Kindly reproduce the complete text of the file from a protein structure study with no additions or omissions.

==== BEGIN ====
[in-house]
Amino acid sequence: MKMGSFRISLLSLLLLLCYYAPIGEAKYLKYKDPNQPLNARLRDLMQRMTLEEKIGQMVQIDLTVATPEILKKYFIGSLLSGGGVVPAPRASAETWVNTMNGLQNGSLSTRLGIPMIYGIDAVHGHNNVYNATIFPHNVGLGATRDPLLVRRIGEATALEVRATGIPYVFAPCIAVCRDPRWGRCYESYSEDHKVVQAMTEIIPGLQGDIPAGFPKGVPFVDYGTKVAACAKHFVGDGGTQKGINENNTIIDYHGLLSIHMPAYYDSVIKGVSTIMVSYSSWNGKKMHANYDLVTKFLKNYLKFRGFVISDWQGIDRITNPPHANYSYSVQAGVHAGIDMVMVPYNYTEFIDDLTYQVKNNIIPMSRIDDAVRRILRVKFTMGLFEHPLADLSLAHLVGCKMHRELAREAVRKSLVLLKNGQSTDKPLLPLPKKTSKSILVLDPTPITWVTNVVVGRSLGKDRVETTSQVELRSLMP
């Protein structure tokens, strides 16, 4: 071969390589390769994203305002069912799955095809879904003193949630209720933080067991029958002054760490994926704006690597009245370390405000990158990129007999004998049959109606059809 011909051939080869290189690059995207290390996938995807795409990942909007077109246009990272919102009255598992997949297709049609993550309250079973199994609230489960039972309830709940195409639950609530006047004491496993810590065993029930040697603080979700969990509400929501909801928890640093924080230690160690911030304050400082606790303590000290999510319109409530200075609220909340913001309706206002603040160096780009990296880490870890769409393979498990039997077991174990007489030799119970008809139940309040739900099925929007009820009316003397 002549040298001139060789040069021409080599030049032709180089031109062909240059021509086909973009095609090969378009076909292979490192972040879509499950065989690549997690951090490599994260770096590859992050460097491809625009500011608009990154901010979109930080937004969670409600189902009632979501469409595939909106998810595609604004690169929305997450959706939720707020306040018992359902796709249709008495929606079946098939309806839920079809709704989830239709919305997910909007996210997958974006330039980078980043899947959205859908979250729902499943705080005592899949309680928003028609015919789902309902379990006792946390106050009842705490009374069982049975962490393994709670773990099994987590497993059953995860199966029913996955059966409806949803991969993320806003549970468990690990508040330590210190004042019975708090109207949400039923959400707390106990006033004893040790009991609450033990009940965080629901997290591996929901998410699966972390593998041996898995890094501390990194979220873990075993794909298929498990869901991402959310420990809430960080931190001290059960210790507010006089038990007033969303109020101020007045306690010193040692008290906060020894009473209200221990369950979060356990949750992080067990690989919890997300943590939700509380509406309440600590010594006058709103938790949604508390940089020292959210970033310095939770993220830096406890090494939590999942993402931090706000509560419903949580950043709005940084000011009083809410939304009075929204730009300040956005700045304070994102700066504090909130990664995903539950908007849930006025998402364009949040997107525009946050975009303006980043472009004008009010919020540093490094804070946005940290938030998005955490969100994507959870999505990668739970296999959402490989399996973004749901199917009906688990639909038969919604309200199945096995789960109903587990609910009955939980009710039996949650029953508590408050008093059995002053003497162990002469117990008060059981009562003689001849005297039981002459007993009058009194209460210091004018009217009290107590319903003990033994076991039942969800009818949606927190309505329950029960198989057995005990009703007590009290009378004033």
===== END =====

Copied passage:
[in-house]
Amino acid sequence: MKMGSFRISLLSLLLLLCYYAPIGEAKYLKYKDPNQPLNARLRDLMQRMTLEEKIGQMVQIDLTVATPEILKKYFIGSLLSGGGVVPAPRASAETWVNTMNGLQNGSLSTRLGIPMIYGIDAVHGHNNVYNATIFPHNVGLGATRDPLLVRRIGEATALEVRATGIPYVFAPCIAVCRDPRWGRCYESYSEDHKVVQAMTEIIPGLQGDIPAGFPKGVPFVDYGTKVAACAKHFVGDGGTQKGINENNTIIDYHGLLSIHMPAYYDSVIKGVSTIMVSYSSWNGKKMHANYDLVTKFLKNYLKFRGFVISDWQGIDRITNPPHANYSYSVQAGVHAGIDMVMVPYNYTEFIDDLTYQVKNNIIPMSRIDDAVRRILRVKFTMGLFEHPLADLSLAHLVGCKMHRELAREAVRKSLVLLKNGQSTDKPLLPLPKKTSKSILVLDPTPITWVTNVVVGRSLGKDRVETTSQVELRSLMP
């Protein structure tokens, strides 16, 4: 071969390589390769994203305002069912799955095809879904003193949630209720933080067991029958002054760490994926704006690597009245370390405000990158990129007999004998049959109606059809 011909051939080869290189690059995207290390996938995807795409990942909007077109246009990272919102009255598992997949297709049609993550309250079973199994609230489960039972309830709940195409639950609530006047004491496993810590065993029930040697603080979700969990509400929501909801928890640093924080230690160690911030304050400082606790303590000290999510319109409530200075609220909340913001309706206002603040160096780009990296880490870890769409393979498990039997077991174990007489030799119970008809139940309040739900099925929007009820009316003397 002549040298001139060789040069021409080599030049032709180089031109062909240059021509086909973009095609090969378009076909292979490192972040879509499950065989690549997690951090490599994260770096590859992050460097491809625009500011608009990154901010979109930080937004969670409600189902009632979501469409595939909106998810595609604004690169929305997450959706939720707020306040018992359902796709249709008495929606079946098939309806839920079809709704989830239709919305997910909007996210997958974006330039980078980043899947959205859908979250729902499943705080005592899949309680928003028609015919789902309902379990006792946390106050009842705490009374069982049975962490393994709670773990099994987590497993059953995860199966029913996955059966409806949803991969993320806003549970468990690990508040330590210190004042019975708090109207949400039923959400707390106990006033004893040790009991609450033990009940965080629901997290591996929901998410699966972390593998041996898995890094501390990194979220873990075993794909298929498990869901991402959310420990809430960080931190001290059960210790507010006089038990007033969303109020101020007045306690010193040692008290906060020894009473209200221990369950979060356990949750992080067990690989919890997300943590939700509380509406309440600590010594006058709103938790949604508390940089020292959210970033310095939770993220830096406890090494939590999942993402931090706000509560419903949580950043709005940084000011009083809410939304009075929204730009300040956005700045304070994102700066504090909130990664995903539950908007849930006025998402364009949040997107525009946050975009303006980043472009004008009010919020540093490094804070946005940290938030998005955490969100994507959870999505990668739970296999959402490989399996973004749901199917009906688990639909038969919604309200199945096995789960109903587990609910009955939980009710039996949650029953508590408050008093059995002053003497162990002469117990008060059981009562003689001849005297039981002459007993009058009194209460210091004018009217009290107590319903003990033994076991039942969800009818949606927190309505329950029960198989057995005990009703007590009290009378004033």